YourTango Experts tell us what's true and false when it comes to sex, love and therapy.
Surprisingly, the number one thing couples seek therapy for—and break up over—isn't something as juicy as an unsatisfying sex life, money battles or infidelity. It's communication. Specifically, the breakdown of it. In other words, learning how to communicate with your partner could be the best thing you ever learn how to do.
Therapists shatter relationship myths. Plus: a surprising benefit of couples counseling!
A recent survey of counseling professionals from YourTango.com—the leader in love and relationships—has dispelled some long-held myths about relationships, namely that couples fight primarily about sex and money (or the lacks therof), and that infidelity is more toxic to a relationship than any other issue.
Words you should never say during an argument and other conflict advice for couples.
Yes, arguments happen and no, they aren't always pretty. And, thanks to the differences in the way our brains are wired, men and women handle them differently. Luckily our friends at Tokii polled their users to give us some helpful tips on working through conflict in a relationship.
Don't let January be the reason you break up or get divorced.
According to a recent study, January is the most depressing month of the year. In fact, a study of 1,000 couples in Britain found that in January, couples fight for more than eight minutes a day and have 20 arguments during the month, compared to about 15 fights in the other months.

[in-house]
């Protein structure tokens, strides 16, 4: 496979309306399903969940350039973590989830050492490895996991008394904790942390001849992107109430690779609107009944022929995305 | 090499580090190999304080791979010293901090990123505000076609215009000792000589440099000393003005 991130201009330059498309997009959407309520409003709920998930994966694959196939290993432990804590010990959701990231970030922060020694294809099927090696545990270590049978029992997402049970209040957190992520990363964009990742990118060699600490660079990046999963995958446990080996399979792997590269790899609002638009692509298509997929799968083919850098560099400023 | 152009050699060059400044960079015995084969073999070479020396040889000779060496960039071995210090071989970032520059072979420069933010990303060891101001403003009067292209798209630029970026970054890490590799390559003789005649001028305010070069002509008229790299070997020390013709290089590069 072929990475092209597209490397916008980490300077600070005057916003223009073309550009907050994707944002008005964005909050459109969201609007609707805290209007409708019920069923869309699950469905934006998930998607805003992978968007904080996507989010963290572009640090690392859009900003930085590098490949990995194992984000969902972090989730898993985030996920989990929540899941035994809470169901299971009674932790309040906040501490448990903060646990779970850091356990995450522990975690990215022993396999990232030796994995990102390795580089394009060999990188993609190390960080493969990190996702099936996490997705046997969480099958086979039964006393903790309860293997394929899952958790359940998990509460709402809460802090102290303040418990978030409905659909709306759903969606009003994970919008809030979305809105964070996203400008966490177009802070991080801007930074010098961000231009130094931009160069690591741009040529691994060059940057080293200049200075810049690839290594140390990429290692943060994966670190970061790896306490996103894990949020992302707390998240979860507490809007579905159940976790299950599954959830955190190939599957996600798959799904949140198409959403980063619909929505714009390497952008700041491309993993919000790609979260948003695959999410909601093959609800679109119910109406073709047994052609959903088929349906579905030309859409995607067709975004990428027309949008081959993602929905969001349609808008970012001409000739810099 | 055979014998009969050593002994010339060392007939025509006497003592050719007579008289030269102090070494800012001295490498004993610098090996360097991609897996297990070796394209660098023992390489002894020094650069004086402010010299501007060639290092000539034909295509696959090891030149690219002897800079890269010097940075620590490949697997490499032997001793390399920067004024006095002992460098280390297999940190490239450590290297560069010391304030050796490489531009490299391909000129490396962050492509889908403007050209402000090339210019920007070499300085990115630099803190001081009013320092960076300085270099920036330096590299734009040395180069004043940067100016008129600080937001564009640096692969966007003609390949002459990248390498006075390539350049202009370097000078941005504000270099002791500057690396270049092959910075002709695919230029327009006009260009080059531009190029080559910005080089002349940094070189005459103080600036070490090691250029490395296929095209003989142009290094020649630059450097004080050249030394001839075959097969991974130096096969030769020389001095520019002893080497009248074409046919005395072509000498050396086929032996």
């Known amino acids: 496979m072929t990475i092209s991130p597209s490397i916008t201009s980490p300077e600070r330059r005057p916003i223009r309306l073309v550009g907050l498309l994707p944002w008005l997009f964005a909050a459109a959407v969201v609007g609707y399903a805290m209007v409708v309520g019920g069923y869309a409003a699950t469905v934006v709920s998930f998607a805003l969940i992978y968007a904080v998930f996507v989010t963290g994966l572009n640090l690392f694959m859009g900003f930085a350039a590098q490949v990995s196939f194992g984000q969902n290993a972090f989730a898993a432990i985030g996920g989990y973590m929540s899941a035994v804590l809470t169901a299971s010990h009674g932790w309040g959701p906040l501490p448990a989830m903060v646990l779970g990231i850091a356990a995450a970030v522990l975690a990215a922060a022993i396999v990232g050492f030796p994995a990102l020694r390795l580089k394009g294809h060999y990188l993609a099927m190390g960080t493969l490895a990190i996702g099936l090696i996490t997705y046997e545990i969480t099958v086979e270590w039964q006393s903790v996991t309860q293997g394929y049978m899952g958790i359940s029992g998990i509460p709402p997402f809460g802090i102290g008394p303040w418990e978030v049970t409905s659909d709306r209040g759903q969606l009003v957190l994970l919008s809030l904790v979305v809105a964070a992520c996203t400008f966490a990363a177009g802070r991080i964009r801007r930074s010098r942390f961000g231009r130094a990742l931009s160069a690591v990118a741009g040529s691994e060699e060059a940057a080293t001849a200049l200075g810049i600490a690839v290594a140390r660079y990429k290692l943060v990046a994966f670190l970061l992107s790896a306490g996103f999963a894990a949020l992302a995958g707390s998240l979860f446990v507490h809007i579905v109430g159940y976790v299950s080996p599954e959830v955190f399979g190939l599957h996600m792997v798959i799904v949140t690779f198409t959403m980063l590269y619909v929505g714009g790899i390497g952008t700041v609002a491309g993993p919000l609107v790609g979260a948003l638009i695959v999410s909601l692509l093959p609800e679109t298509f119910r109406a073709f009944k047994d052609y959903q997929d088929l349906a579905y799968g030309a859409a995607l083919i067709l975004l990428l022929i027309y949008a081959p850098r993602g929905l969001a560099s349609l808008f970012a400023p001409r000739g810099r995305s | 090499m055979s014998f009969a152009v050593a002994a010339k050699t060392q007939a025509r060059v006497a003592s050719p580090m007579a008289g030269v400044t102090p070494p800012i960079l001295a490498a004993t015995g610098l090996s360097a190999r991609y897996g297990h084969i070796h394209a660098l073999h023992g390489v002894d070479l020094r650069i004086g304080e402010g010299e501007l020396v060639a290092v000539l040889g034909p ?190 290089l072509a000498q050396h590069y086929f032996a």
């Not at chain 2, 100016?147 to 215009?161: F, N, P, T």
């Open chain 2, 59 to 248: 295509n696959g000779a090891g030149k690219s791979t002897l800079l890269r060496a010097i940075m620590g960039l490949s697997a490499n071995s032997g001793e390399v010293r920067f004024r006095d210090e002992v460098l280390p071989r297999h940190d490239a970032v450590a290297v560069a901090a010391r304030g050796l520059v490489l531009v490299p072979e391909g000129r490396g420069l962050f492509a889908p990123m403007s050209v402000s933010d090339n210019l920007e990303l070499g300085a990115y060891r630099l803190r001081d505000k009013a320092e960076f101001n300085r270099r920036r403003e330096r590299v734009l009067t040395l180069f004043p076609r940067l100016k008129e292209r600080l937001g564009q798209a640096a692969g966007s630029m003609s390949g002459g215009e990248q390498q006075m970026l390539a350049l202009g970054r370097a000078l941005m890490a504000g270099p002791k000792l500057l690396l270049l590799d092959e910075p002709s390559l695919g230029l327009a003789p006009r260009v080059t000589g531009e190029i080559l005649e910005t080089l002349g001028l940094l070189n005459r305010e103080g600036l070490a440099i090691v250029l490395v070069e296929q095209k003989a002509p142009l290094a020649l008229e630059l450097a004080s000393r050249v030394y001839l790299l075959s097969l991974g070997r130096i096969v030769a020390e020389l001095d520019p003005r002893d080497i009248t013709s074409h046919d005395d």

Communication tip #1: these four words send shivers down a man's spine.
It's pretty obvious that men and women communicate differently—that simple fact has been the basis for many a tired sitcom or rom com plot. But the gender divide in communication is an interesting one to explore, especially in terms of relationships.
The 'American Idol' star didn't have such a fun night out clubbing with his beau.
Adam Lambert has been arrested in Finland. Reports out of Europe this morning say the pop singer was detained after getting into a brawl with his boyfriend at popular gay club DTM (Don't Tell Mama) in Helsinki.
"Am I a complete monster? Should I wait to break up with him until after the holidays?"
There is really never a "good" time to break up with someone, but right before the holidays might be the hardest. Even for those people who know their relationship cannot be fixed, it can be hard to cut someone loose with Christmas music in the background. If you're ready to be single again, what do you do? Stick it out through the holidays, or move on now?
How to plan family, couple and alone time this holiday season -- without getting too overwhelmed!
The holidays are a jam-packed time full of lavish parties, loads of fun, and hopefully just a handful of obligatory commitments. If you're in a serious relationship, chances are much of this time will be spent with your partner.
It took two relationships and all of my 20s but I've learned to stand on my own two feet.
My first marriage was a nine-year exercise in co-dependence. Believe me, I don't say that lightly. We dove head first into a relationship built on controlling one another and indulging a neediness that knew no bounds. We should have known from day one that we were setting ourselves up for massive failure.
It wasn't easy, but we put the pieces of our broken relationship back together.
We'd stopped being good to each other. We were no longer loving spouses. But by the time my husband suggested separating, I had reached an epiphany. Our marriage was worth saving, I'd decided, and I was willing to do anything it took.